Bookkeeping 101

On average, small business owners spend 10 hours each week recording, organising, and processing financial transactions – everything from accounts receivable and payable, to employee payments, expense receipts and supplier invoices.  That doesn’t sound like Bookkeeping Basics to me!

While the process may be time-consuming (and tedious!), effective bookkeeping is the foundation of sound financial management – which in turn, is the lifeblood of your business.

Feeling overwhelmed by mountains of paperwork and complex calculations? Here are three bookkeeping basics to help ensure a healthy financial future for your small business.

1. Faithfully track expenses (no cheating)

Accurate and consistent expense tracking is crucial for claiming the correct tax deductions and correct GST deductions. Plus, analysing expenses can offer crucial insights into spending patterns and the overall profitability of your small business.  The power of accurate data should not be underestimated.

There are so many cloud options from stand alone apps or complete software solutions to take care of tracking your spending. Keep it simple and you are more likely to keep track without added headaches.  Options like Expensify and Receipt Bank help do away with manual data entry with automated functions, including:

  • Receipt data capture via your smartphone’s camera (no need to hold onto paper receipts, which can get lost or misfiled);
  • Synchronisation with your phone’s GPS to track mileage of business travel; and
  • Importing bank and credit card data, plus integration with accounting software.

2. Timely (and accurate) invoicing 

Efficient invoicing is about more than ensuring you get paid in a timely fashion. An invoice is an official record of the terms of each transaction and must be completed accurately to avoid errors in your bookkeeping process.  When was the last time you actually looked at your invoice to see if it complies with ATO requirements?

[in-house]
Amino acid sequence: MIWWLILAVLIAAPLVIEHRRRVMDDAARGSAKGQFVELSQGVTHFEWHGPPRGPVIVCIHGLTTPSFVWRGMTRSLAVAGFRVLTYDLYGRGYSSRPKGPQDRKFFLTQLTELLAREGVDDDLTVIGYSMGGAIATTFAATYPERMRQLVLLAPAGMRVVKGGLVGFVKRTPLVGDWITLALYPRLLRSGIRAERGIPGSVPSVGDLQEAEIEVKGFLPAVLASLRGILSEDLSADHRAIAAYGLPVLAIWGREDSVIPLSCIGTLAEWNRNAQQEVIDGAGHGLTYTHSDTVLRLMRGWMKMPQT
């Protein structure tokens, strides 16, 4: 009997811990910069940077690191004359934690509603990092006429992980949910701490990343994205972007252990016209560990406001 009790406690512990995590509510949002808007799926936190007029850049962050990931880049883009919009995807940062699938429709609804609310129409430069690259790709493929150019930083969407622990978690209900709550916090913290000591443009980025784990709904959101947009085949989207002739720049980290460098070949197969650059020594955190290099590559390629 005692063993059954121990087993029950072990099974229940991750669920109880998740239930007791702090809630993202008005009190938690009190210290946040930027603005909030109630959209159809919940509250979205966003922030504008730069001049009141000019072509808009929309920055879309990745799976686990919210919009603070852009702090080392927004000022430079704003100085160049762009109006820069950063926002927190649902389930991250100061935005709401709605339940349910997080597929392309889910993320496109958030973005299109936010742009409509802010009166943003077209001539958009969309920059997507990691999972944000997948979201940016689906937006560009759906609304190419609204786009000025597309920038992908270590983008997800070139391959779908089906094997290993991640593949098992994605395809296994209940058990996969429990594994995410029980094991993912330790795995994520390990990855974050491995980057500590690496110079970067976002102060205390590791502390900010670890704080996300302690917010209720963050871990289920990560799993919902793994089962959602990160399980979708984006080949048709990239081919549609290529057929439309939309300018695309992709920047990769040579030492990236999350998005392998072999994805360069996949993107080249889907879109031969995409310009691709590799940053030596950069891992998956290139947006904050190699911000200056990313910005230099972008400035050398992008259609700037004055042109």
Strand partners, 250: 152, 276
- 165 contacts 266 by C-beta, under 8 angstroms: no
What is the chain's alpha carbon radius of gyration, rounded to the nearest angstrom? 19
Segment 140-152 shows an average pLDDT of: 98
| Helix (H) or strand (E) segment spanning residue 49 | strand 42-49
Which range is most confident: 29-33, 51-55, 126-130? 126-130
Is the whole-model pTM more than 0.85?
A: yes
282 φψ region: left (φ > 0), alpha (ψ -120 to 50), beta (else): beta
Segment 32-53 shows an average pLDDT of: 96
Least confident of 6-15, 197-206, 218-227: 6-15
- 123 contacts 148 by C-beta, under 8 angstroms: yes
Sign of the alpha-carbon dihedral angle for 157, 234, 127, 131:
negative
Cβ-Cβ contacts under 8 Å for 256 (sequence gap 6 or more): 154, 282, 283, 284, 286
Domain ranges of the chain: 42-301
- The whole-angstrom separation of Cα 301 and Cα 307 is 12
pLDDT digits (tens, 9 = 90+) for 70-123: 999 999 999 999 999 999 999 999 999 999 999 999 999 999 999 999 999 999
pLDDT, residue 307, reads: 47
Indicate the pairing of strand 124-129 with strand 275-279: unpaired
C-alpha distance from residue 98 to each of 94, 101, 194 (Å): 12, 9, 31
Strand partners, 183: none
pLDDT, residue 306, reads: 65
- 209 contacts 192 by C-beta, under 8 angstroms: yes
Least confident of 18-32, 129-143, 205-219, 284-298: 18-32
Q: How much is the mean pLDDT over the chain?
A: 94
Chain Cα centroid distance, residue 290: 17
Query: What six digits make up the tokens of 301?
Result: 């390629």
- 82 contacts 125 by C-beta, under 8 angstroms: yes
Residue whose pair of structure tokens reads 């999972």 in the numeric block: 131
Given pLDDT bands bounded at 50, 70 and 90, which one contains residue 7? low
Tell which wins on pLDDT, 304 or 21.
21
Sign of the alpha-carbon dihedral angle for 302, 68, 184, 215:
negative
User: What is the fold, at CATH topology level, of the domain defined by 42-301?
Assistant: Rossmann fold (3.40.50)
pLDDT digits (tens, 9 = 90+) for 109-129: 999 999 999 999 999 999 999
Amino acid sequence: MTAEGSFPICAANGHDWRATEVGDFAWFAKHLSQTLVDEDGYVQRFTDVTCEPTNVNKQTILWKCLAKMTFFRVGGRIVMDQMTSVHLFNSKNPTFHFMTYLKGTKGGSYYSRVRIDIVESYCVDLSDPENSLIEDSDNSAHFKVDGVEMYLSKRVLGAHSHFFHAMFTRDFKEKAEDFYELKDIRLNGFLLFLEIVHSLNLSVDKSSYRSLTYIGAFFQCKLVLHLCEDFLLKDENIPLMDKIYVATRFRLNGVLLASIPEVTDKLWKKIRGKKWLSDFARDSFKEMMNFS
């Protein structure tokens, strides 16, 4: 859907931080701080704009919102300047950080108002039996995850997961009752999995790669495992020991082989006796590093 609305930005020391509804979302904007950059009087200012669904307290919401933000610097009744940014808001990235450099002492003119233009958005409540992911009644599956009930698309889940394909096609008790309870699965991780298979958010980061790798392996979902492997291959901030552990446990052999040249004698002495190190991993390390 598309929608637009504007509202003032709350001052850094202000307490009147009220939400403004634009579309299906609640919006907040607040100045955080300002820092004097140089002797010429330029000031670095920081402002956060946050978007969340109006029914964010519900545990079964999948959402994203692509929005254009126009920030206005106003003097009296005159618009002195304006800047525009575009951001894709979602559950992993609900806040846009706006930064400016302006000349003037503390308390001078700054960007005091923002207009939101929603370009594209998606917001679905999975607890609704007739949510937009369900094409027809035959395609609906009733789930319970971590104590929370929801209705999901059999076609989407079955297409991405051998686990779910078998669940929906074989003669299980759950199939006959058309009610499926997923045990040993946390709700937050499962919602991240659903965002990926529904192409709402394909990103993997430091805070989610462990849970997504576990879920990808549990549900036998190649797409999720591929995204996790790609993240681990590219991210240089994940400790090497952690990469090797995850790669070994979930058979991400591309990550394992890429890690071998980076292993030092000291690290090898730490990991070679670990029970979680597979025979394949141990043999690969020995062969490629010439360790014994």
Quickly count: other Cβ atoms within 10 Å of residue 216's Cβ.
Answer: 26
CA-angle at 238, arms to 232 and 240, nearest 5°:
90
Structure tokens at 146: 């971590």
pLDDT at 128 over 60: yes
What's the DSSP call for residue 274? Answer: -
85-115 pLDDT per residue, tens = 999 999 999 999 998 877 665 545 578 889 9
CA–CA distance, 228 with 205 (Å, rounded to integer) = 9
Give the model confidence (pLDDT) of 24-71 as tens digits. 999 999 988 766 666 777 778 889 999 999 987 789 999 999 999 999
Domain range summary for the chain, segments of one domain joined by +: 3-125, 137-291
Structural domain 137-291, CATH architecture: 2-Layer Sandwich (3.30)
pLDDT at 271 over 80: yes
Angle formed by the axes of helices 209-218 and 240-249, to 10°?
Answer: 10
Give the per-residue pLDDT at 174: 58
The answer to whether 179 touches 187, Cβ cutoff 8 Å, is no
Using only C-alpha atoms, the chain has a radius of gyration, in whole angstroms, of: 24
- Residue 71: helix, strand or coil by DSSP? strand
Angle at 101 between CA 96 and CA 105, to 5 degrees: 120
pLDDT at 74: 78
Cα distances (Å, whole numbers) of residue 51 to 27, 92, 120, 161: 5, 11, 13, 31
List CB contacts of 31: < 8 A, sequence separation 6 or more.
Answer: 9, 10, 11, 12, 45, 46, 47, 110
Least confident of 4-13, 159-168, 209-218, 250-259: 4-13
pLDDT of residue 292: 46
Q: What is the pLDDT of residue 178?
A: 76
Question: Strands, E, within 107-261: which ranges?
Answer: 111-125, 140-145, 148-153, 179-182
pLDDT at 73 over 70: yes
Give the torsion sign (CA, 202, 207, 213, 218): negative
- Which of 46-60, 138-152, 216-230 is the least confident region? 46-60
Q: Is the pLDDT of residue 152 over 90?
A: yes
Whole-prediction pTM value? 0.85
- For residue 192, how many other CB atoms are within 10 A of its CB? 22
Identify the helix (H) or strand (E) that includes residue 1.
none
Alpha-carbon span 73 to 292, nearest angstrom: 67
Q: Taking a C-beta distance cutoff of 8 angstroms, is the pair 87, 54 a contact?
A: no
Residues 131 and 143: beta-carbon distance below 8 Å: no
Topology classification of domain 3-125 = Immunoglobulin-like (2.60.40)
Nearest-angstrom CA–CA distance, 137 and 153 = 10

Here are a few tips for professional invoicing:

  • Ensure each invoice includes all the important details: contact information, an invoice number, a detailed list of products or services rendered, and a breakdown of the total amount due;
  • Ensure the invoice contains your ABN and GST status; and
  • Keep track of who you sent the invoice to and when it was paid, and if needed, which ones need to be followed up.
  • As your business grows, consider taking up front payments or deposits to ensure your cash flow is consistent.

An online invoicing tool can streamline this aspect of your bookkeeping process and provide an efficient backup filing system.

3. Accounting software will be your new BFF

By law, every business is required to keep organised and timely financial records, and you need to keep source documents for a minimum of 5 years. So how organised are you – really – be honest now!

Manually recording income and expenses in excel or a workbook is time consuming – not to mention stressful and prone to errors for the math-averse.

Shave some time (and stress) off your weekly bookkeeping with an all-in-one accounting software solution like Xero , QuickBooks or Myob.

Online bookkeeping offers numerous advantages, such as:

  • Instant reports and real time insights on profits and loss, customer accounts, payroll – and your overall financial “big picture”;
  • Simplified data entry so you can collate and print invoices, purchase orders, and payroll much faster than with manual methods; and
  • Improved accuracy through automation (once data is entered, the software handles all subsequent calculations and processes – including invoicing).

We know bookkeeping is not every business owners strength.  However, when it comes to bookkeeping and accounting, vigilance is the key to mitigating risk and ensuring the long term profitability of your small business. Be sure to set aside time each week to update and review your books to catch any red flags and ensure your finances are on track.